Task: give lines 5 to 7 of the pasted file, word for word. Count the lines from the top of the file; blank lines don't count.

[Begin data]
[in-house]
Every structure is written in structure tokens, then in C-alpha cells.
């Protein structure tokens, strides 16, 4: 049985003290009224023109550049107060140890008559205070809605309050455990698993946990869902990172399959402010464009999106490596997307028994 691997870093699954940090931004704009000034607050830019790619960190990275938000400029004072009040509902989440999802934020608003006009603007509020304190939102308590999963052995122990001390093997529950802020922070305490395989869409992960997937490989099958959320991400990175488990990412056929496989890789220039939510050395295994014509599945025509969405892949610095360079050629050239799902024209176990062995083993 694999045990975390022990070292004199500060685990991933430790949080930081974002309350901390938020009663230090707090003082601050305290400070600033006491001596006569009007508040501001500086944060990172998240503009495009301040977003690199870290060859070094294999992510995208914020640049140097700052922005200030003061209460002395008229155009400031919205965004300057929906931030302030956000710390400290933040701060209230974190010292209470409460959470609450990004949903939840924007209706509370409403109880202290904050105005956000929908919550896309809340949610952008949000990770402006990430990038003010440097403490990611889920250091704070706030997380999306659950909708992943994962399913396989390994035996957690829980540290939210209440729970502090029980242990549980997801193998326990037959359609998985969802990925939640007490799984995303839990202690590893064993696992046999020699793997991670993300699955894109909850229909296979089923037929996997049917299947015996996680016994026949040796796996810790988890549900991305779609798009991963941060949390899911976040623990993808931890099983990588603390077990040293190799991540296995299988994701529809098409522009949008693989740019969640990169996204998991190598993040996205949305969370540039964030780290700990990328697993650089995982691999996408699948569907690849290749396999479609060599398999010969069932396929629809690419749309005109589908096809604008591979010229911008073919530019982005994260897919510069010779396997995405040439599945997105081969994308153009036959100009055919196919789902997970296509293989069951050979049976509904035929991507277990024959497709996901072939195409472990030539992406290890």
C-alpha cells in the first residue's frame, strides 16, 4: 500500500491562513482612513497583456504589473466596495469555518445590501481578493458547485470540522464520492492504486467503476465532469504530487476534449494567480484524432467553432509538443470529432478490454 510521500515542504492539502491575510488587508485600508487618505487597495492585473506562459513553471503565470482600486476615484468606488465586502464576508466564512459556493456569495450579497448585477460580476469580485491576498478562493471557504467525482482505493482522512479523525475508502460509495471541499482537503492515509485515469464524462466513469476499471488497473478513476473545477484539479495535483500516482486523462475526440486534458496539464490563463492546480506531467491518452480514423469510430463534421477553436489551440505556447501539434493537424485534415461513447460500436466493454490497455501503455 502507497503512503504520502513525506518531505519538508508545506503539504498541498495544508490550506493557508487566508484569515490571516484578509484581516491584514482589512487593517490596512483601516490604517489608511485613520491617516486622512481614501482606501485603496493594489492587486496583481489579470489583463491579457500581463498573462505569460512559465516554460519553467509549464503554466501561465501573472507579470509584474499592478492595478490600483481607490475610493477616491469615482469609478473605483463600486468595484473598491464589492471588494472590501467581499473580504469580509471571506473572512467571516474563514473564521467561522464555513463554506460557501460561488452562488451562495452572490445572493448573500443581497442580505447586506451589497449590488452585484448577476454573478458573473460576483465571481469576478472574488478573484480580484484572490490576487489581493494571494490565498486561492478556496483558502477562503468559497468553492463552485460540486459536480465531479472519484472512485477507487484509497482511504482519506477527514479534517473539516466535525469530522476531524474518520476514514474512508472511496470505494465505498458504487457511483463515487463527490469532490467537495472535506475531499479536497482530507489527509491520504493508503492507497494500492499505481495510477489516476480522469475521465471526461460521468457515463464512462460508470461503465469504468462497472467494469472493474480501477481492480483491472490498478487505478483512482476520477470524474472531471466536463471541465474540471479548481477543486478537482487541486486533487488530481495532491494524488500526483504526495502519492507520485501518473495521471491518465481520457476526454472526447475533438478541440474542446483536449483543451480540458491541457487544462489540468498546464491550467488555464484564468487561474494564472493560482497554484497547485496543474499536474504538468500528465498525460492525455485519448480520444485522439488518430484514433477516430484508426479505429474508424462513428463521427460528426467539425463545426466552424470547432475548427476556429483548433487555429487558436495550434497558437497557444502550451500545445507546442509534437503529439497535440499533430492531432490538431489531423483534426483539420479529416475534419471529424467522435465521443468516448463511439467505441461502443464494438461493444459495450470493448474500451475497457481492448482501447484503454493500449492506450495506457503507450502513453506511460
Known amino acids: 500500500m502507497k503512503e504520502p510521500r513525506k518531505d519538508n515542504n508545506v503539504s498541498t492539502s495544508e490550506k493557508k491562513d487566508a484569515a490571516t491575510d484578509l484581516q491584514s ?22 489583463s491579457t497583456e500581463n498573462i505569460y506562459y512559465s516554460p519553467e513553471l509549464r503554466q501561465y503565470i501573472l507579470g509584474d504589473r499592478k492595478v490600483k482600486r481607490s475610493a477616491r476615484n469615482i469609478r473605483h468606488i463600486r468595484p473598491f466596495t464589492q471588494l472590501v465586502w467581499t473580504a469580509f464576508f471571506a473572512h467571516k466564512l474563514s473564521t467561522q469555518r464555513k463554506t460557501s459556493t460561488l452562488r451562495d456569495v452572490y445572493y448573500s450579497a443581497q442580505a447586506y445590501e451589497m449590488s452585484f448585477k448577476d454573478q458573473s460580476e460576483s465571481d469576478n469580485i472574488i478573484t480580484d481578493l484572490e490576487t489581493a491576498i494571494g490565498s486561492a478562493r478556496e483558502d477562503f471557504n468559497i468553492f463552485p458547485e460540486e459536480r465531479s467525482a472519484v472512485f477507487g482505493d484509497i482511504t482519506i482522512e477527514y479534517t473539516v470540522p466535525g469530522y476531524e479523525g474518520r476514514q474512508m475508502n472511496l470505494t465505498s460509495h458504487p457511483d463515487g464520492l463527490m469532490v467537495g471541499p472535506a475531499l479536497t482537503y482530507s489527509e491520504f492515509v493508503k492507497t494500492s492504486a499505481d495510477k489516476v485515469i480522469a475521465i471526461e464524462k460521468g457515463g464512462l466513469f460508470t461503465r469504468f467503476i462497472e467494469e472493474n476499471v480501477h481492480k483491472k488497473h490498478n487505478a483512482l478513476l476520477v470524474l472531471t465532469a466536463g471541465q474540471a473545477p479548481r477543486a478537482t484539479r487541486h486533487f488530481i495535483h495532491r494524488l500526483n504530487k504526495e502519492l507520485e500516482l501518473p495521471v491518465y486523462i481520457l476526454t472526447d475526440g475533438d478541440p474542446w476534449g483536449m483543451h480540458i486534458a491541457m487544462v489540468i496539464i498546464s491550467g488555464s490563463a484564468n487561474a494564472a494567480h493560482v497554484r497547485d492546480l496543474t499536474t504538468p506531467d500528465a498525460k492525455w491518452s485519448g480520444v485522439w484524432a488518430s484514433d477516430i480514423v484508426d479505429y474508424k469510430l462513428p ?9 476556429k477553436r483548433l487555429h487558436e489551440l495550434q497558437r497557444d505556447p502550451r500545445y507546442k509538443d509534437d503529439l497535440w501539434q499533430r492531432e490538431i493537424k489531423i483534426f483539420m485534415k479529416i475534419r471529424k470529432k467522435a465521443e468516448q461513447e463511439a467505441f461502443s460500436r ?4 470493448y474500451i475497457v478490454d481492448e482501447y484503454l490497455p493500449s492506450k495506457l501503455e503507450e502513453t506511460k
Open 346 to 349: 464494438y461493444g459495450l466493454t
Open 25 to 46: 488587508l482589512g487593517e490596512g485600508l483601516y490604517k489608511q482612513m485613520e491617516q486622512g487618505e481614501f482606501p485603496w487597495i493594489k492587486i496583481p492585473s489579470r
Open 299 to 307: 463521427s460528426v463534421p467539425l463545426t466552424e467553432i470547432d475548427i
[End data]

Known amino acids: 500500500m502507497k503512503e504520502p510521500r513525506k518531505d519538508n515542504n508545506v503539504s498541498t492539502s495544508e490550506k493557508k491562513d487566508a484569515a490571516t491575510d484578509l484581516q491584514s ?22 489583463s491579457t497583456e500581463n498573462i505569460y506562459y512559465s516554460p519553467e513553471l509549464r503554466q501561465y503565470i501573472l507579470g509584474d504589473r499592478k492595478v490600483k482600486r481607490s475610493a477616491r476615484n469615482i469609478r473605483h468606488i463600486r468595484p473598491f466596495t464589492q471588494l472590501v465586502w467581499t473580504a469580509f464576508f471571506a473572512h467571516k466564512l474563514s473564521t467561522q469555518r464555513k463554506t460557501s459556493t460561488l452562488r451562495d456569495v452572490y445572493y448573500s450579497a443581497q442580505a447586506y445590501e451589497m449590488s452585484f448585477k448577476d454573478q458573473s460580476e460576483s465571481d469576478n469580485i472574488i478573484t480580484d481578493l484572490e490576487t489581493a491576498i494571494g490565498s486561492a478562493r478556496e483558502d477562503f471557504n468559497i468553492f463552485p458547485e460540486e459536480r465531479s467525482a472519484v472512485f477507487g482505493d484509497i482511504t482519506i482522512e477527514y479534517t473539516v470540522p466535525g469530522y476531524e479523525g474518520r476514514q474512508m475508502n472511496l470505494t465505498s460509495h458504487p457511483d463515487g464520492l463527490m469532490v467537495g471541499p472535506a475531499l479536497t482537503y482530507s489527509e491520504f492515509v493508503k492507497t494500492s492504486a499505481d495510477k489516476v485515469i480522469a475521465i471526461e464524462k460521468g457515463g464512462l466513469f460508470t461503465r469504468f467503476i462497472e467494469e472493474n476499471v480501477h481492480k483491472k488497473h490498478n487505478a483512482l478513476l476520477v470524474l472531471t465532469a466536463g471541465q474540471a473545477p479548481r477543486a478537482t484539479r487541486h486533487f488530481i495535483h495532491r494524488l500526483n504530487k504526495e502519492l507520485e500516482l501518473p495521471v491518465y486523462i481520457l476526454t472526447d475526440g475533438d478541440p474542446w476534449g483536449m483543451h480540458i486534458a491541457m487544462v489540468i496539464i498546464s491550467g488555464s490563463a484564468n487561474a494564472a494567480h493560482v497554484r497547485d492546480l496543474t499536474t504538468p506531467d500528465a498525460k492525455w491518452s485519448g480520444v485522439w484524432a488518430s484514433d477516430i480514423v484508426d479505429y474508424k469510430l462513428p ?9 476556429k477553436r483548433l487555429h487558436e489551440l495550434q497558437r497557444d505556447p502550451r500545445y507546442k509538443d509534437d503529439l497535440w501539434q499533430r492531432e490538431i493537424k489531423i483534426f483539420m485534415k479529416i475534419r471529424k470529432k467522435a465521443e468516448q461513447e463511439a467505441f461502443s460500436r ?4 470493448y474500451i475497457v478490454d481492448e482501447y484503454l490497455p493500449s492506450k495506457l501503455e503507450e502513453t506511460k
Open 346 to 349: 464494438y461493444g459495450l466493454t
Open 25 to 46: 488587508l482589512g487593517e490596512g485600508l483601516y490604517k489608511q482612513m485613520e491617516q486622512g487618505e481614501f482606501p485603496w487597495i493594489k492587486i496583481p492585473s489579470r